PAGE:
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Posts Tagged ‘active’

Fun Activities for Seniors in the Summer

Thursday, June 10th, 2010

Are you looking forward to the warm months ahead? Since most areas throughout North America have shaken the cold air - minus the odd day here and there - you can start planning your summer activities!
It’s nice to stay active and involved in your surroundings in different ways according to what season it is. Here are some great ideas to get you started this summer:

  • Gardening
  • Daily strolls or ‘power’ walks
  • Mini golf (or regular golf, if you feel up to the challenge)
  • Picnics with good friends
  • A shared ice cream cone with a loved one
  • Outdoor concerts (see what your local community might be offering this summer)
  • Tai Chi (try it in the park to breathe the fresh air and improve your agility!)

Exercise…For the Brain!

Sunday, April 19th, 2009

Forget about your body for a moment, and think about fitness for your brain!  Researchers have begun to take notice of the fact that baby boomers and even younger people in their thirties are beginning to worry about the health state of their brains!  Memory loss and a general slowing down of brain function have become legitimate concerns.

But don’t fret, there is good news!  According to research, there are initiatives you can take to maintain a strong mental edge and solid memory retention.  Although these strategies cannot necessarily prevent such diseases as Alzheimer’s or dementia, they can serve to preserve memory longer, and lessen confusion of the mind.

Many researches think it is not far fetched to assume that one day we will be hiring cognitive trainers for our minds – not just fitness trainers for our bodies.

In the meantime, we can follow these three simple steps below to maintain a healthy mind and keep it as sharp as possible, for as long as possible.

Unplanned Physical Activity

Keeping physically active through planned and premeditated activity is one thing, but apparently spontaneous-style physical activity proves to relate to brain fitness.  For example, engage in gardening, dancing, or cleaning to keep a mentally healthy brain.

Regular Brain Challenges

Challenge your mind on a regular basis.  Do crossword puzzles, photo hunts and word searches.  Visit your local museum or science centre.  Go to concerts, seminars and tradeshows.  New material for your brain is always beneficial to preserve effective cognitive functioning.

Keep up Social Activities

It has been said that those who are highly involved in social activities, keep sharp, mentally fit and of sound mind for longer than those who tend to drift from their social settings and withdraw from society.  Try to stay involved in active communities, social settings and various activities.

Although none of the recommendations above can guarantee that you will not experience memory loss, in combination with lifestyle changes and possible medication, the process can be slowed and the likelihood greatly reduced.  Plus, you never know, you may just have some fun in the meantime!

A Positive Outlook for Retirement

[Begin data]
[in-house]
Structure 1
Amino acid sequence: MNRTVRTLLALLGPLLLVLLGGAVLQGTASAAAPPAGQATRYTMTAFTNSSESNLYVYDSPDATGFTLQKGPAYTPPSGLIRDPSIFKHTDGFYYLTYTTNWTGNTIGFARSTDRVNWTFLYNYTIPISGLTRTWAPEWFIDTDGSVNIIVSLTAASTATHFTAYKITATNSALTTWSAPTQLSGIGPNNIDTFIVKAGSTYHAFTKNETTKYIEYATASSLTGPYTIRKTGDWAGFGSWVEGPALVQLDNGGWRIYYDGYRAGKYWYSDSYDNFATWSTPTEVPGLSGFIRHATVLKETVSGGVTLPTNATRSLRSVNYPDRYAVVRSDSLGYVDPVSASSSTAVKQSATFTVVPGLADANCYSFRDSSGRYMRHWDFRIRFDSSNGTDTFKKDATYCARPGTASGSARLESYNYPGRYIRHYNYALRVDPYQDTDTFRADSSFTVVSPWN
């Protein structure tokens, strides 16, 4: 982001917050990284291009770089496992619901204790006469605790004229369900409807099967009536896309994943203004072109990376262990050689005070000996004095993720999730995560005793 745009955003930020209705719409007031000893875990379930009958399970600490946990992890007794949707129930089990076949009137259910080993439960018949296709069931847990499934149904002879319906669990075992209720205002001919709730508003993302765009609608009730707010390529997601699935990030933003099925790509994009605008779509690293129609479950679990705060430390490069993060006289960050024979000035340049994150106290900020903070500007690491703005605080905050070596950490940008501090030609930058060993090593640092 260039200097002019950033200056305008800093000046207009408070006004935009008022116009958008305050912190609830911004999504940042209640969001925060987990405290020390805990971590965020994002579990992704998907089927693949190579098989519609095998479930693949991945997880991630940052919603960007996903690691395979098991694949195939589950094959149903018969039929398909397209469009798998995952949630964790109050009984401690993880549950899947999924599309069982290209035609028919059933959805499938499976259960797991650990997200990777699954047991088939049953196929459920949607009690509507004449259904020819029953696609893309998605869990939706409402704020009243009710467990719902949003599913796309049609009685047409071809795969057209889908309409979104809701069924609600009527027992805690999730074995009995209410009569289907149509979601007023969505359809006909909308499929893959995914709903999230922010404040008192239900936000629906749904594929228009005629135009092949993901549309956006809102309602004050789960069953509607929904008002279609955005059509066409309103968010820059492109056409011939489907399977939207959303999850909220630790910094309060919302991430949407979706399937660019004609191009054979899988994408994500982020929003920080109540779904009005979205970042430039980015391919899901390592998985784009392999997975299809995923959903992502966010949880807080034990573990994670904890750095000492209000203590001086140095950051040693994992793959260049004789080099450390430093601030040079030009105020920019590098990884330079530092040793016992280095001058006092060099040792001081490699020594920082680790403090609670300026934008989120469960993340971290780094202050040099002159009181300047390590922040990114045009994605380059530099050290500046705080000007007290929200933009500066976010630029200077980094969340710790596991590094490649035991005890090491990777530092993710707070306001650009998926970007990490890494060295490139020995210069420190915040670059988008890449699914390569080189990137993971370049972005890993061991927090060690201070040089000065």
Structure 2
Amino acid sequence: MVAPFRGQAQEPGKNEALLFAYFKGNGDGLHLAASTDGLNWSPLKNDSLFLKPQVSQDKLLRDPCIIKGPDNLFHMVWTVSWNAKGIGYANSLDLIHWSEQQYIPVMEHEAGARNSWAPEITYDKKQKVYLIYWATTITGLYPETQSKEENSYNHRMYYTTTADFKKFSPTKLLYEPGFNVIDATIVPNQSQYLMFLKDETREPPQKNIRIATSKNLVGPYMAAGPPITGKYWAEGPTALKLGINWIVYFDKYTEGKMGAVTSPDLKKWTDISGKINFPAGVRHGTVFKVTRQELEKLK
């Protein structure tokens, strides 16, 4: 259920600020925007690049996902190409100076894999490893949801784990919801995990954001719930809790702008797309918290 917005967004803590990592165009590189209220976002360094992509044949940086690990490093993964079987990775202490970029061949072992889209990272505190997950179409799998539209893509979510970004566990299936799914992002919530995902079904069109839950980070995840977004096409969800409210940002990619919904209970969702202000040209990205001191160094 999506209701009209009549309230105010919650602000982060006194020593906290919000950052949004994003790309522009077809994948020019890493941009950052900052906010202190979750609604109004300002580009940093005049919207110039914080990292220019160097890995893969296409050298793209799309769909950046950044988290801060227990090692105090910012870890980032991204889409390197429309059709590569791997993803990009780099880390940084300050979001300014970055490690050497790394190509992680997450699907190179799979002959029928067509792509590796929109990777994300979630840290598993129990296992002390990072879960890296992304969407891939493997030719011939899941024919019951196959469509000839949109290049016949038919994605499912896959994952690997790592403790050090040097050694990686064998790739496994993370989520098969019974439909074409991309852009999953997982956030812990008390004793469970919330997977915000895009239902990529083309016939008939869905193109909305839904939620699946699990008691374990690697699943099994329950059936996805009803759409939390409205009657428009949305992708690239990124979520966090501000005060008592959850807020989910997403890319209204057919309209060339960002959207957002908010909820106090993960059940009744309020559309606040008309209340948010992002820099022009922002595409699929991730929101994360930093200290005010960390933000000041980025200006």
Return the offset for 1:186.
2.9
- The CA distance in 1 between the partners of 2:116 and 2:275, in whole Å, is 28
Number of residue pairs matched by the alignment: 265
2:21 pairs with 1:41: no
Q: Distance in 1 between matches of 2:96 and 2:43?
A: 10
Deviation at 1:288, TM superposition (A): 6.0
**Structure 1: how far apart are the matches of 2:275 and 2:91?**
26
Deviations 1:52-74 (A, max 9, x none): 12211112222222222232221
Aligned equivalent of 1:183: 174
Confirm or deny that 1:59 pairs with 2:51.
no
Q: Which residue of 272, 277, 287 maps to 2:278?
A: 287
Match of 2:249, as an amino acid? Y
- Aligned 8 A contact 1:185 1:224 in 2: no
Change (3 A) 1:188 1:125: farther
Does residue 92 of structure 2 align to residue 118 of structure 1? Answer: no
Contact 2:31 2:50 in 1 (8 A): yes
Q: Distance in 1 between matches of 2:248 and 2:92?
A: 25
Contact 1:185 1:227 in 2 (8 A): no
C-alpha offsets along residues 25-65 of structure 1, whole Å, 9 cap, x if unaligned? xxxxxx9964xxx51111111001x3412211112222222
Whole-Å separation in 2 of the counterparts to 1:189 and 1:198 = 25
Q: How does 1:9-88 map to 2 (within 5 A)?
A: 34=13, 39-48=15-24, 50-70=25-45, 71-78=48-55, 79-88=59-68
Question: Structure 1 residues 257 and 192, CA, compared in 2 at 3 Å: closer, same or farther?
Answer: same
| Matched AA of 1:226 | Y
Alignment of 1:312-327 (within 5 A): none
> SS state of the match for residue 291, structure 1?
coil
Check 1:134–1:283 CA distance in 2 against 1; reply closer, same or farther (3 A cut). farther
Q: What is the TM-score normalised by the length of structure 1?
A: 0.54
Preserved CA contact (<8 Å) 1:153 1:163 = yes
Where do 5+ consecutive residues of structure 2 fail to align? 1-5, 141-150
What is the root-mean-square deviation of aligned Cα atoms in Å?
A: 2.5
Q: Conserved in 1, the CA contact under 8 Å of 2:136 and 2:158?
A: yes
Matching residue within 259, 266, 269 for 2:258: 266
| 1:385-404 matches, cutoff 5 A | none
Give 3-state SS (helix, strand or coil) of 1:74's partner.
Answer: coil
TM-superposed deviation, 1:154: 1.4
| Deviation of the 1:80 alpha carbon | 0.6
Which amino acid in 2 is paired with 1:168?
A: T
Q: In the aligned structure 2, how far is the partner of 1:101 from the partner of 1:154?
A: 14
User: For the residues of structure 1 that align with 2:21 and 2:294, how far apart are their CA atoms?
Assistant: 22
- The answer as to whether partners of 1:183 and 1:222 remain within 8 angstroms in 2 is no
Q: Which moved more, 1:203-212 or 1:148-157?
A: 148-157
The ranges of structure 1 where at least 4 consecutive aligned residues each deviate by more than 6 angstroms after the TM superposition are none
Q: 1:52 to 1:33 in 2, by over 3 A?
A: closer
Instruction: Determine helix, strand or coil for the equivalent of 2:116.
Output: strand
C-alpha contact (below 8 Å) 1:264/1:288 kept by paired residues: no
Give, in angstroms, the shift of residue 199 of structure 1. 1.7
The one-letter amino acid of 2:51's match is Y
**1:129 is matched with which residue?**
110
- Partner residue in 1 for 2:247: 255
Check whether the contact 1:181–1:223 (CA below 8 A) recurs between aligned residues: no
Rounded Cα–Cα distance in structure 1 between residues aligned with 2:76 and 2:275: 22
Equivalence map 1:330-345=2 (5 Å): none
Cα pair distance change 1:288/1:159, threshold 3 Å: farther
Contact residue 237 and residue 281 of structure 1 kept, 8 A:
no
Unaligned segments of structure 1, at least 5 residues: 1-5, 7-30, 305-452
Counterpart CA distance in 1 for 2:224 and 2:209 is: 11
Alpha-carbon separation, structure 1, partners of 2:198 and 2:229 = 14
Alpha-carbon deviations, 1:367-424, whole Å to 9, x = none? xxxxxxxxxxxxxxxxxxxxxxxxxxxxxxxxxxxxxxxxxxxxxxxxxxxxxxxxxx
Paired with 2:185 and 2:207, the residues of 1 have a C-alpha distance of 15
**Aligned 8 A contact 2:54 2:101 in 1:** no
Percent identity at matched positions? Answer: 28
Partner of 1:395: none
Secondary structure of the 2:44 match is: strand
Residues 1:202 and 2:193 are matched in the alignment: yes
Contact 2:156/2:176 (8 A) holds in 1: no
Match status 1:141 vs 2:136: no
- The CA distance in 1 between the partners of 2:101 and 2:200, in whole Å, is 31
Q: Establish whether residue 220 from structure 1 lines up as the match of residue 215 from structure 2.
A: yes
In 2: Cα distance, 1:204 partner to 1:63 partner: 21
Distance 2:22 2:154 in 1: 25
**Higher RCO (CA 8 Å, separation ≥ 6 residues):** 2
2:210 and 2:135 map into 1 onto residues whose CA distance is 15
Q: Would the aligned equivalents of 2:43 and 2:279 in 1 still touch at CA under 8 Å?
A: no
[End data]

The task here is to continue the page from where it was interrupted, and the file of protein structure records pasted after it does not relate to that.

Tuesday, February 3rd, 2009

There is no doubt that if we allow them, news and media outlets will have us living in fear, anxiety and a general apprehension about the future.  It isn’t necessarily their fault – terrifying and horrible news sells!  No one wants to hear about the small and wonderful things happening in our local communities – these stories are far too boring.  Where’s the drama?  Where’s the heat?

Still among the top ‘negative’ news stories today, is the plummeting economy.  Sure, there is recent talk of the ending recession, but unemployment is high, people have lost a ton of money, and older adults’ pre and post retirement dreams have been crushed!

But wait!  Okay, so perhaps things didn’t go exactly as you had planned – but money isn’t always the answer to happiness.  Far too often, we allow this printed paper to rule our thoughts, and in many cases, even our overall state of happiness.

“If only I had more money, I’d be a whole lot happier.”
“I’m sick of working.  I wish I had enough money to retire.”
“Without lots of money, I can’t live my retirement the way I want to.”
“If only this recession hadn’t happened, then I’d be retired by now.”

Do any of these phrases sound familiar?  Good.  Now wipe them from your vocabulary – and your thoughts!  Too much concentration on money will leave little time for you to maximize your happiness in three other major areas:  in your personal health, through your family and friends, and from yourself.  By finding reasons to be happy in or because of these three aspects of your life, you’ll be able to enjoy a much happier retirement.

Research performed recently by Harvard students confirms the contagiousness of happiness.  If you are happy, you will naturally attract more happiness into your life, you will naturally find yourself spending more time with happy and positive people, and you will be more comfortable spending time by yourself in a peaceful and serene state of mind.

If you find yourself in a financial bind that you can’t do much about given the current state of our economy, then simply come to terms with the fact that your finances are unstable, unpredictable and hold an uncertain future.  Accept this as fact, and you will find more time to enjoy all of the other good things in your life.

Although finances will bring you stability in your retirement, it is your state of mind and personal well being which generates the success you will need to accomplish that stability.  It’s never too late to change your frame of mind, take control of your negative thoughts and live a happier life – before and after retirement.

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